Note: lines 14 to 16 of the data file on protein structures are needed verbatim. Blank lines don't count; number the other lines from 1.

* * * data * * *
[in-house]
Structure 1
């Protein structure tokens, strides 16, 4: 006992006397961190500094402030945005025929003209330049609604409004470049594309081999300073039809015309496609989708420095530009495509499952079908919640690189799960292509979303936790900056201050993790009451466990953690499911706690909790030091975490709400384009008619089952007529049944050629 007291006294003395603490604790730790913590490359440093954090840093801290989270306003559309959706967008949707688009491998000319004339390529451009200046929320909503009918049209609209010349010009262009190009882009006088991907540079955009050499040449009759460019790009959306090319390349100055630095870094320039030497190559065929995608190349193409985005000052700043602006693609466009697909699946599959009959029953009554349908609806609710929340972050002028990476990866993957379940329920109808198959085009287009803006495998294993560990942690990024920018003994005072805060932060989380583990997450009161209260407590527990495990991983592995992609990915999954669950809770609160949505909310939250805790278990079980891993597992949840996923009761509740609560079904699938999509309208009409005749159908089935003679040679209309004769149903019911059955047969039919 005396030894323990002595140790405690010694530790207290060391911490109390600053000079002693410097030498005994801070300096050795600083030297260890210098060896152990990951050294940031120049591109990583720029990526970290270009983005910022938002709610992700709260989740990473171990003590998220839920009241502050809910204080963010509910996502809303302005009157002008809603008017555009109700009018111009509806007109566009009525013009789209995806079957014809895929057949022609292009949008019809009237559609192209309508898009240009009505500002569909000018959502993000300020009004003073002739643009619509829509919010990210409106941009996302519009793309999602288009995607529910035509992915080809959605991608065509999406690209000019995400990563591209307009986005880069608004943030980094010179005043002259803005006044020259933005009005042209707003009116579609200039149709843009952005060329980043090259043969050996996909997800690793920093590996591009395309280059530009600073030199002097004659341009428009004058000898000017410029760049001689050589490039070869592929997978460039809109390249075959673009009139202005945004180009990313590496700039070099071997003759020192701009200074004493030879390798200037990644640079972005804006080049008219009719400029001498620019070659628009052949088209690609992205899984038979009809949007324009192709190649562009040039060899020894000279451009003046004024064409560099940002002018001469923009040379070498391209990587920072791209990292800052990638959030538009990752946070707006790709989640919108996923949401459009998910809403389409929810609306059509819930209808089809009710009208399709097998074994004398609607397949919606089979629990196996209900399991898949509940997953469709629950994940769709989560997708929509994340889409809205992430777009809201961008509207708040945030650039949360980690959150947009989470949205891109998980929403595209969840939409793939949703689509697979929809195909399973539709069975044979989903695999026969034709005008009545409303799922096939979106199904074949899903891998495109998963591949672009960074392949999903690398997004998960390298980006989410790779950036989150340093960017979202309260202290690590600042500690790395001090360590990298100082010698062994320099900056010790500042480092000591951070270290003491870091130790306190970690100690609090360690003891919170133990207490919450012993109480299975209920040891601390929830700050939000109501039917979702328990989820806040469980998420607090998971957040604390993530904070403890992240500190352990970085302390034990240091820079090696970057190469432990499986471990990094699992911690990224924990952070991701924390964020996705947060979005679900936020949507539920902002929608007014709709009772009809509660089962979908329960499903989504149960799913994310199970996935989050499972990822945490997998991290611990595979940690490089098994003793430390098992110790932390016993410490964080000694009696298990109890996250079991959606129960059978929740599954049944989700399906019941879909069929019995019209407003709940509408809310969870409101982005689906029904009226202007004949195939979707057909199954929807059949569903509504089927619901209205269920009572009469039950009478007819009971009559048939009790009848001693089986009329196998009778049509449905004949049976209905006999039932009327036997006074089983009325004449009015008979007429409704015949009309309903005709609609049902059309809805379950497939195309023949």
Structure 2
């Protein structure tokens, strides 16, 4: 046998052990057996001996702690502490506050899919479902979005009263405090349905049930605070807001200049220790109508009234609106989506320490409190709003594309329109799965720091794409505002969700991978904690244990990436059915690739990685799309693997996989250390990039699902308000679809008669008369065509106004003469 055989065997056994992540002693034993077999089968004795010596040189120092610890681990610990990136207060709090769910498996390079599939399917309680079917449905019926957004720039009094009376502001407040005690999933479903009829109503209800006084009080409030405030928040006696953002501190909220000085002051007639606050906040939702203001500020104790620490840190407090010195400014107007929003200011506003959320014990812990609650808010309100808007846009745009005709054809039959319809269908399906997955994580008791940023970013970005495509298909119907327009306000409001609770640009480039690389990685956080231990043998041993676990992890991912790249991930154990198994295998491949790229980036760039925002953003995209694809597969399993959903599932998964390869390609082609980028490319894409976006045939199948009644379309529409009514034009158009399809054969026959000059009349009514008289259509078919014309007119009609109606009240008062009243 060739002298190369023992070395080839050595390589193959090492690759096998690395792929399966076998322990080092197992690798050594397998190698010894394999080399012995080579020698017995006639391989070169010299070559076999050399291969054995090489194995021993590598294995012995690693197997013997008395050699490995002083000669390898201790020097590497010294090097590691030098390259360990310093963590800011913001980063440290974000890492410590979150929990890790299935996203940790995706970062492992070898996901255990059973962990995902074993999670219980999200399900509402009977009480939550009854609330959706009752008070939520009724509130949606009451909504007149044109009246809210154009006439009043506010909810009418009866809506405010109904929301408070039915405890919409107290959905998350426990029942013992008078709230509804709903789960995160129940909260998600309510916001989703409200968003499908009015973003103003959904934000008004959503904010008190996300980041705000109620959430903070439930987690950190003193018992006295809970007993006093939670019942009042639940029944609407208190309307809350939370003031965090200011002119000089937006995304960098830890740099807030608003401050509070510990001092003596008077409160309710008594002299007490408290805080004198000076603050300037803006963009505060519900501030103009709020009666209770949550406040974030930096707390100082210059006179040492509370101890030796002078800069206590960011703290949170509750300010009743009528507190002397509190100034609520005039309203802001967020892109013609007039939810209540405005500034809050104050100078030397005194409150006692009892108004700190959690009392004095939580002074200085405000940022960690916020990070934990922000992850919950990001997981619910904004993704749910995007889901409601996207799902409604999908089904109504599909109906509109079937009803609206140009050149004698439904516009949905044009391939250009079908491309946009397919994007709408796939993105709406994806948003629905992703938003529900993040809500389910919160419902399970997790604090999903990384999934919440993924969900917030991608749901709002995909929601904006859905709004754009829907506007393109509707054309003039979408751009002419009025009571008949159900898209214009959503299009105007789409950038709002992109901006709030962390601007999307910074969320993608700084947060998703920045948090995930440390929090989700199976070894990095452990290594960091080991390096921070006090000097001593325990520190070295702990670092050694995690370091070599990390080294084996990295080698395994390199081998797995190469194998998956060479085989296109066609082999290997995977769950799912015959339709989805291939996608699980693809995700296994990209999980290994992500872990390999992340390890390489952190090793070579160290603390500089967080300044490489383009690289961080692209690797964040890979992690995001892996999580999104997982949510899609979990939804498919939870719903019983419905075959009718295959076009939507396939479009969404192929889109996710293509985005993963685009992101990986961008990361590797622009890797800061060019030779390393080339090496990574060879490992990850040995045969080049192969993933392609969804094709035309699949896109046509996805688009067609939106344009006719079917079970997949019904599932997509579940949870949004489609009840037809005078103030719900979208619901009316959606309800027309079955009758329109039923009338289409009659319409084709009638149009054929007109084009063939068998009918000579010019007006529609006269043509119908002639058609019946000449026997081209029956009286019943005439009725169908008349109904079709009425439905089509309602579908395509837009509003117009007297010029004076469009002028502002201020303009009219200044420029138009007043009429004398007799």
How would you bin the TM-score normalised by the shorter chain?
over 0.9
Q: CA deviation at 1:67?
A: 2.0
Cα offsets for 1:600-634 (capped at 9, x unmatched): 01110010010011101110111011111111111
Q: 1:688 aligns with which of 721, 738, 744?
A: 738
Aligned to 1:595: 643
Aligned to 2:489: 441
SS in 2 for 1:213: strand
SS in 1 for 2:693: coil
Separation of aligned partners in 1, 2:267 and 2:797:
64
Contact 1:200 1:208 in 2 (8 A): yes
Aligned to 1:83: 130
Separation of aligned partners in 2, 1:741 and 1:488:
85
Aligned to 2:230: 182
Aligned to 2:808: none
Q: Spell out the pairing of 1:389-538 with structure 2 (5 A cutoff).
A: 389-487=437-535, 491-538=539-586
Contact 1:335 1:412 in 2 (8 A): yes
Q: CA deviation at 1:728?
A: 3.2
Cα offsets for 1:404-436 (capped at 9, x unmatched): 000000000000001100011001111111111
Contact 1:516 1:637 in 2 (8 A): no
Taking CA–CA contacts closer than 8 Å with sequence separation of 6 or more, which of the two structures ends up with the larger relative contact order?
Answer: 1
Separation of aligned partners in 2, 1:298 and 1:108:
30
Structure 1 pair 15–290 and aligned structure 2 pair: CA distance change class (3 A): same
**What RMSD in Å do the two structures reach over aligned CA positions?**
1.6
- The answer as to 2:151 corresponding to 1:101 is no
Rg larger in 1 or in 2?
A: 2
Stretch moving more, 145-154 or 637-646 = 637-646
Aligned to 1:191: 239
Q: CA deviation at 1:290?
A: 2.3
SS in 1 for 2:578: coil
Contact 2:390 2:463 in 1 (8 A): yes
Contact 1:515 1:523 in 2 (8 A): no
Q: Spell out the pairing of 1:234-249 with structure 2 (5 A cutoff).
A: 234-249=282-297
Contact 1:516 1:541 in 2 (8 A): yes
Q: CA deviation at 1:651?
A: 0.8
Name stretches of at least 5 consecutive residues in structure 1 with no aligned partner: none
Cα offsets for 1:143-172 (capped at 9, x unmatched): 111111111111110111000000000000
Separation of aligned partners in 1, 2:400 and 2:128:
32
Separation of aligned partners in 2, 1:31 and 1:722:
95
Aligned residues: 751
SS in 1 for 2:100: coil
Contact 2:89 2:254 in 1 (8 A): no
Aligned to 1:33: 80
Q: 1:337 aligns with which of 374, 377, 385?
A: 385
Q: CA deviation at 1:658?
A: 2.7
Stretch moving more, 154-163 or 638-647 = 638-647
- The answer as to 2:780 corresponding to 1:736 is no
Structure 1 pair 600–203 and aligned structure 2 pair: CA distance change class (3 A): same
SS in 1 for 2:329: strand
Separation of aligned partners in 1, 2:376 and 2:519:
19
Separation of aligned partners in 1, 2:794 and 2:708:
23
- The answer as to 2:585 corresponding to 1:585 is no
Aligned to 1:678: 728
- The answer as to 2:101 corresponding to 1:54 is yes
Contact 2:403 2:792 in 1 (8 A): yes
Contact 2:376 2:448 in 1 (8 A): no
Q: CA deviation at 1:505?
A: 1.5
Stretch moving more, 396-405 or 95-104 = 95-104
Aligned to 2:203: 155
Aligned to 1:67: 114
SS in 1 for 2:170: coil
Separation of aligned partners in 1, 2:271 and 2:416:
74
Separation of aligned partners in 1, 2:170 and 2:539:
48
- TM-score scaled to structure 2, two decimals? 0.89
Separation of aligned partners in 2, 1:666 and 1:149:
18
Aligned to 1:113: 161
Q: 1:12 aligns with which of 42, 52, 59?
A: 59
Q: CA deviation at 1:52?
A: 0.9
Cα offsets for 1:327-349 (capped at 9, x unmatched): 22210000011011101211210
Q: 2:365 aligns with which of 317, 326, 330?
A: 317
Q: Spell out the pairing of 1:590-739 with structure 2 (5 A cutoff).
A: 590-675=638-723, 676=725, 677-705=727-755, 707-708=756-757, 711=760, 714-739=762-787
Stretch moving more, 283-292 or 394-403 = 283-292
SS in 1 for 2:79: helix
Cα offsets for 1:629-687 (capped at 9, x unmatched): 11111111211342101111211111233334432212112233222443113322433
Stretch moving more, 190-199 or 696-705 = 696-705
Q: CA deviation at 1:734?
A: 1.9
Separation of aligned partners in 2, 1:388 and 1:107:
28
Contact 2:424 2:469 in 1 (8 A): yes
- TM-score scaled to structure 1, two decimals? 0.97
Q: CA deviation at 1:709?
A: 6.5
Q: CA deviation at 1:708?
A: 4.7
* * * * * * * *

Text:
Aligned to 2:489: 441
SS in 2 for 1:213: strand
SS in 1 for 2:693: coil